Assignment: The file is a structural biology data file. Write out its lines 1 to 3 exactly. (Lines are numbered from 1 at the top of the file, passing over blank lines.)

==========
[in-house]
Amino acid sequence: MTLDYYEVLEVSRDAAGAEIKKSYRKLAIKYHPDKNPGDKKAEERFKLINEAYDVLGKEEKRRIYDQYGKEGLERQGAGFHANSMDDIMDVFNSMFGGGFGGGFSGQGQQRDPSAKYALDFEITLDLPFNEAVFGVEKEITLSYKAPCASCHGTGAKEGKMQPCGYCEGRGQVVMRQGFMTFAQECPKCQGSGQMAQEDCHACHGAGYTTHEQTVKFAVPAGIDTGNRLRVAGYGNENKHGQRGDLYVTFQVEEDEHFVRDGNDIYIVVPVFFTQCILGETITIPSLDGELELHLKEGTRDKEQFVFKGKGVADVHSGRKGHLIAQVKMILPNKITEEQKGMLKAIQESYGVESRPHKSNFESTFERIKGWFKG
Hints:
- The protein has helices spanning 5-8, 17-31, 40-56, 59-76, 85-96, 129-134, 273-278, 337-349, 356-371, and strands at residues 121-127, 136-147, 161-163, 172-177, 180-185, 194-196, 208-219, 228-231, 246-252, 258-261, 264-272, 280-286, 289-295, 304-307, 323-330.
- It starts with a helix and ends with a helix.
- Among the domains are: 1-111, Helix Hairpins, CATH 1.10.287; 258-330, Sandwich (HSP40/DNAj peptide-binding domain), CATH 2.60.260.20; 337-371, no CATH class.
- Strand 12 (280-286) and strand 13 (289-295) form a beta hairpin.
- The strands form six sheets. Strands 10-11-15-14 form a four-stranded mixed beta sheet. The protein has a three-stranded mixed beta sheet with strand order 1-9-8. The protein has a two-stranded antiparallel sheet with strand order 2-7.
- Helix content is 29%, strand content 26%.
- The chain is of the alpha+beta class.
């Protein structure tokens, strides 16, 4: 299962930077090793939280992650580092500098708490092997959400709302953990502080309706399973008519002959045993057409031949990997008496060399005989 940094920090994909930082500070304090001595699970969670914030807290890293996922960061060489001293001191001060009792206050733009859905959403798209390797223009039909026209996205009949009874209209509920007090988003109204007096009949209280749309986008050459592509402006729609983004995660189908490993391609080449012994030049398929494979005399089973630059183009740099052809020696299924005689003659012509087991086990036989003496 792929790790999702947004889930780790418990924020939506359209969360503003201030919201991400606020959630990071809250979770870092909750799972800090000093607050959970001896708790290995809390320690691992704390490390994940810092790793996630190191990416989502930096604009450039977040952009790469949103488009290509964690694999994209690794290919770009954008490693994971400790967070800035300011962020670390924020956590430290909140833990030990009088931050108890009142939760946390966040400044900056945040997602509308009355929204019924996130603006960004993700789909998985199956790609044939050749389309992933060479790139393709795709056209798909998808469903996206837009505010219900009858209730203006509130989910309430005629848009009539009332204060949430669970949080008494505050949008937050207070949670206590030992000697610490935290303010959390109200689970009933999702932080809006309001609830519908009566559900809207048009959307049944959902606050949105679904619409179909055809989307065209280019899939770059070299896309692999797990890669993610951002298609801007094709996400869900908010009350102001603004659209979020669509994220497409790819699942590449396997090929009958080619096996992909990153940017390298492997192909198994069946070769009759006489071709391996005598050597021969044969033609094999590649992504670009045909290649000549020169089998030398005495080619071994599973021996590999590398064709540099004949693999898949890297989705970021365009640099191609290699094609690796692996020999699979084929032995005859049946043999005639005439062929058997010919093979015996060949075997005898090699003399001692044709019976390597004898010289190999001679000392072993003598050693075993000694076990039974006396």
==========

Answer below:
[in-house]
Amino acid sequence: MTLDYYEVLEVSRDAAGAEIKKSYRKLAIKYHPDKNPGDKKAEERFKLINEAYDVLGKEEKRRIYDQYGKEGLERQGAGFHANSMDDIMDVFNSMFGGGFGGGFSGQGQQRDPSAKYALDFEITLDLPFNEAVFGVEKEITLSYKAPCASCHGTGAKEGKMQPCGYCEGRGQVVMRQGFMTFAQECPKCQGSGQMAQEDCHACHGAGYTTHEQTVKFAVPAGIDTGNRLRVAGYGNENKHGQRGDLYVTFQVEEDEHFVRDGNDIYIVVPVFFTQCILGETITIPSLDGELELHLKEGTRDKEQFVFKGKGVADVHSGRKGHLIAQVKMILPNKITEEQKGMLKAIQESYGVESRPHKSNFESTFERIKGWFKG
Hints: